By Josephine Mugiyo
GOVERNMENT says the increasing obsession by the Convention on International Trade in Endangered Species of Wild Fauna and Flora- CITES to over-regulate international trade has affected Zimbabwe’s ivory trade, choking operations in wildlife management in the process.
This Tuesday saw stakeholders from the environment and wildlife sectors converging for a preparatory meeting as the country works on key points on conservation to be presented at the Convention on International Trade in Endangered Species of Wild Fauna and Flora (CITES) COP 19 summit pencilled for Panama in November.
In a speech read on his behalf by Chief Director in the Ministry of Environment, Climate, Tourism and Hospitality Industry Professor Prosper Matondi, Minister Mangaliso Ndlovu said Zimbabwe has always obliged with the CITES requirements yet there is no reciprocity by the organisation’s secretariat to treat the country fairly on issues that affect wildlife conservation.
Zimbabwe is sitting on more than 130 000 tonnes of ivory stock piles due to the CITES ban on ivory trade.
“As we approach COP 19, we still believe that a way of disposing our ivory stockpile should be found. We still believe that international commercial trade in live wildlife species especially elephants must continue because ecologically, it is becoming unsustainable to maintain the current population levels.”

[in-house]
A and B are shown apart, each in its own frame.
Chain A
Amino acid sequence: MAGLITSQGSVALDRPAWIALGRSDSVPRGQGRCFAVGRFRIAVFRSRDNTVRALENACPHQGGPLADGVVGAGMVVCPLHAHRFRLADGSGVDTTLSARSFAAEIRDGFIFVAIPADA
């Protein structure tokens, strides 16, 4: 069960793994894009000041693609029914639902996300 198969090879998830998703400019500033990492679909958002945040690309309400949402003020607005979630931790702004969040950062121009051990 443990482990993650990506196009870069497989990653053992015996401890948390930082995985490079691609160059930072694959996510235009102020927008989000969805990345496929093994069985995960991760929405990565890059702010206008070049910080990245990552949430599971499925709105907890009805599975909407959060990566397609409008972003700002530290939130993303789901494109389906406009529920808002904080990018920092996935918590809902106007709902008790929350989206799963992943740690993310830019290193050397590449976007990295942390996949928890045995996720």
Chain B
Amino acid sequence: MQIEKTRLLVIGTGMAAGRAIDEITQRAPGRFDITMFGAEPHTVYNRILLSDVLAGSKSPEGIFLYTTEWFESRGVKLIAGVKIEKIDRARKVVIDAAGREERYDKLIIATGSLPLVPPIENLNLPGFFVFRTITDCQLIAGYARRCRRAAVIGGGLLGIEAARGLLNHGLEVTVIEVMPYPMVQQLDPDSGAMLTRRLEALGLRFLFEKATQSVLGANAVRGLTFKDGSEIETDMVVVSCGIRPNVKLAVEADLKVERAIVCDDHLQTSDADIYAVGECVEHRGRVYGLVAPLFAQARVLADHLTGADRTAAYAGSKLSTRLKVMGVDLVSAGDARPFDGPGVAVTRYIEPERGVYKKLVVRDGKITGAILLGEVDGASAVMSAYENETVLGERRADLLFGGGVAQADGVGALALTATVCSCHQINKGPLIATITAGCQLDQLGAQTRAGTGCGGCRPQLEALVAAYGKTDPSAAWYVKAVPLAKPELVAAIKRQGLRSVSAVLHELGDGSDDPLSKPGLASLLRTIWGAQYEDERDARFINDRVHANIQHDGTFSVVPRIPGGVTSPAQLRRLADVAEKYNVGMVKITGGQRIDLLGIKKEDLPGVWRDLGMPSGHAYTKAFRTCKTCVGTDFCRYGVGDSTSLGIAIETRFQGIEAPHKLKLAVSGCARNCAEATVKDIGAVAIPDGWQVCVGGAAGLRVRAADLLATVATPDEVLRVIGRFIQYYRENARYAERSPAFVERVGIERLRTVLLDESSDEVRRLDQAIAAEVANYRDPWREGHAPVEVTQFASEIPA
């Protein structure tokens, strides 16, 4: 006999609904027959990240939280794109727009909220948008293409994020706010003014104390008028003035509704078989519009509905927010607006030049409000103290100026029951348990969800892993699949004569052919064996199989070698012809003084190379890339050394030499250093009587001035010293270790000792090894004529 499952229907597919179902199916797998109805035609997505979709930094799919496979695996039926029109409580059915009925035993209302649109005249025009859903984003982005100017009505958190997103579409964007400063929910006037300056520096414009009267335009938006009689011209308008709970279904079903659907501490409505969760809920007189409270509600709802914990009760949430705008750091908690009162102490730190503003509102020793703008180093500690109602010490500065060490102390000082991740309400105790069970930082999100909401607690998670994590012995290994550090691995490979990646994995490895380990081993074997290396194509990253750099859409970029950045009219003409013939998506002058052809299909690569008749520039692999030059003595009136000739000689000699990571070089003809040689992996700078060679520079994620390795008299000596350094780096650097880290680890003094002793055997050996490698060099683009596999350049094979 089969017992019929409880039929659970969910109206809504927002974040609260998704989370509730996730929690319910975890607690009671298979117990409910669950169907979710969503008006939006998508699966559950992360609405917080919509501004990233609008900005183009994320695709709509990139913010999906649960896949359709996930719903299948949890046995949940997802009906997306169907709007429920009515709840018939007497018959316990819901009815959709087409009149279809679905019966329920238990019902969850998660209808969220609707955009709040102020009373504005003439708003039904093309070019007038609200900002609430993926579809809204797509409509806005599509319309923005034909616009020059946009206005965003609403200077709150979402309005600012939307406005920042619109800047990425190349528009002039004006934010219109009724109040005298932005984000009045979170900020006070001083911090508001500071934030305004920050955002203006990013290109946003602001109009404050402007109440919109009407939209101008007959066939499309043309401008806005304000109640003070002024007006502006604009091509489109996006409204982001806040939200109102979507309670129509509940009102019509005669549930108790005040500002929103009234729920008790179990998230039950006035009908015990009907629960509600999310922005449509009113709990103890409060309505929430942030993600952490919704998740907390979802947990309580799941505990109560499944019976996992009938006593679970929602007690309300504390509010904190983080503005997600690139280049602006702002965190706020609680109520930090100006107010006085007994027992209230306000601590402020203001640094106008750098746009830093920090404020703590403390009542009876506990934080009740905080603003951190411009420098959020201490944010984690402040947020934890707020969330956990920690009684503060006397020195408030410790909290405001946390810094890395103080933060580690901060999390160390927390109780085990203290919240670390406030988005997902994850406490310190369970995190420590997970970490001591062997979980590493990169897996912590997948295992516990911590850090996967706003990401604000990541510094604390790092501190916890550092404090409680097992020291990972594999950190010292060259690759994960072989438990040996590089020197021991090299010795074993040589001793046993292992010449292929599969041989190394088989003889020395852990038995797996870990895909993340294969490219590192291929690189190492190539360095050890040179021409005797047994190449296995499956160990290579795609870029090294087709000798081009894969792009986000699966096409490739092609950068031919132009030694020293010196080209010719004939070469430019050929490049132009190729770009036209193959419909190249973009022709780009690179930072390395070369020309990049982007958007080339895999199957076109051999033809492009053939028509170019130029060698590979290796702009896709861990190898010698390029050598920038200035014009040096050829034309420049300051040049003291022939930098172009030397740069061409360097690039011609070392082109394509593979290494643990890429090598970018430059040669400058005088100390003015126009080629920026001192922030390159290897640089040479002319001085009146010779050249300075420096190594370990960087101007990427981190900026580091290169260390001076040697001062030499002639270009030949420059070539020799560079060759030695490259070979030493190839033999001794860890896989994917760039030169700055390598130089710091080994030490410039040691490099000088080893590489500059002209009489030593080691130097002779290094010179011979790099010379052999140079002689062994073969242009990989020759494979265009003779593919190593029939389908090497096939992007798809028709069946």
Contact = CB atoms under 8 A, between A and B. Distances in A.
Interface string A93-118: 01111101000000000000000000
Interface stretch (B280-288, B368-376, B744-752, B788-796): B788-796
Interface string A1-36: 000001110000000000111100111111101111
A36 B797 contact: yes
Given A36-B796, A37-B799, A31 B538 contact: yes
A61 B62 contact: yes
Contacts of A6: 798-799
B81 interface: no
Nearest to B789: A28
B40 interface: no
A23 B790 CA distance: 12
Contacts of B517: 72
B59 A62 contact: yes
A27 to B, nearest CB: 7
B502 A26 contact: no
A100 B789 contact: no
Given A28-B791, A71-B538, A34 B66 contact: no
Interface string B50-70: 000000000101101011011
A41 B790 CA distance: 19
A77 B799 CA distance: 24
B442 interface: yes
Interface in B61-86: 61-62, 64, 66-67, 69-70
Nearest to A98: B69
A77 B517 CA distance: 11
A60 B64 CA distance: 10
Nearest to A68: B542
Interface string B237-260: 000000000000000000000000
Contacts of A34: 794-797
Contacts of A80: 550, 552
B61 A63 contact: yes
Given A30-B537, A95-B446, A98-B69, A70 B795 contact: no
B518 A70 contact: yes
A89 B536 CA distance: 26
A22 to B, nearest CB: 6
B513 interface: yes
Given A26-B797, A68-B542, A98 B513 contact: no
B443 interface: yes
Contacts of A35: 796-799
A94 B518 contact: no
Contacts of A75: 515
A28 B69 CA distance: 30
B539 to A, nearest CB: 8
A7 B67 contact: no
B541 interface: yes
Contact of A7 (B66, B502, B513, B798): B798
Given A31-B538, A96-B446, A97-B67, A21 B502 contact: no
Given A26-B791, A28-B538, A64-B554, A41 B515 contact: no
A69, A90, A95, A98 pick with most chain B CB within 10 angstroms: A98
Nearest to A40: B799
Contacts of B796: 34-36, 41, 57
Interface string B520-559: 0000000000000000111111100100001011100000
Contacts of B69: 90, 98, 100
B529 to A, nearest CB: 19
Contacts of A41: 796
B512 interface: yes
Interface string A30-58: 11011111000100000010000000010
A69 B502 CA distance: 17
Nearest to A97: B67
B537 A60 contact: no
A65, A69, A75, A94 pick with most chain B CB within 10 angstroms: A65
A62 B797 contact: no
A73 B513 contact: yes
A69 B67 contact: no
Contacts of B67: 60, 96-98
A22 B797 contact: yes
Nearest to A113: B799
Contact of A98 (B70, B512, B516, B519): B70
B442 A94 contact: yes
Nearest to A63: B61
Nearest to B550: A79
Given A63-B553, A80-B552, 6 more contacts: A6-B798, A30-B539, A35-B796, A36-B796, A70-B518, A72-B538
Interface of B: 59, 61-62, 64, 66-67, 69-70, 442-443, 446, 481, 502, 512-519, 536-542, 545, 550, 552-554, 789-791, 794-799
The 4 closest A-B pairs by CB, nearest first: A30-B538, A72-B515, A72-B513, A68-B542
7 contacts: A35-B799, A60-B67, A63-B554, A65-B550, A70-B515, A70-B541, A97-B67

“These anti-trade alliances whose voice unfortunately continues to grow louder each passing day have found a way of soft steering CITES to vacate its sustainable international trade facilitation mandate. CITES is now increasingly becoming obsessed with overregulation of international trade to the point of choking the entire system,” he said.
As COP 19 approaches, Honourable Ndlovu said apart from lobbying for the lifting of the ivory trade ban, the country is also interested in finding ways of harnessing the community voice in CITES decision making processes.
Stakeholders have also agreed to develop a communication strategy to create new audiences and access international advisors to state parties and non-state actors.
The country is also working with fellow African countries in lobbying for the lifting of the ivory trade ban.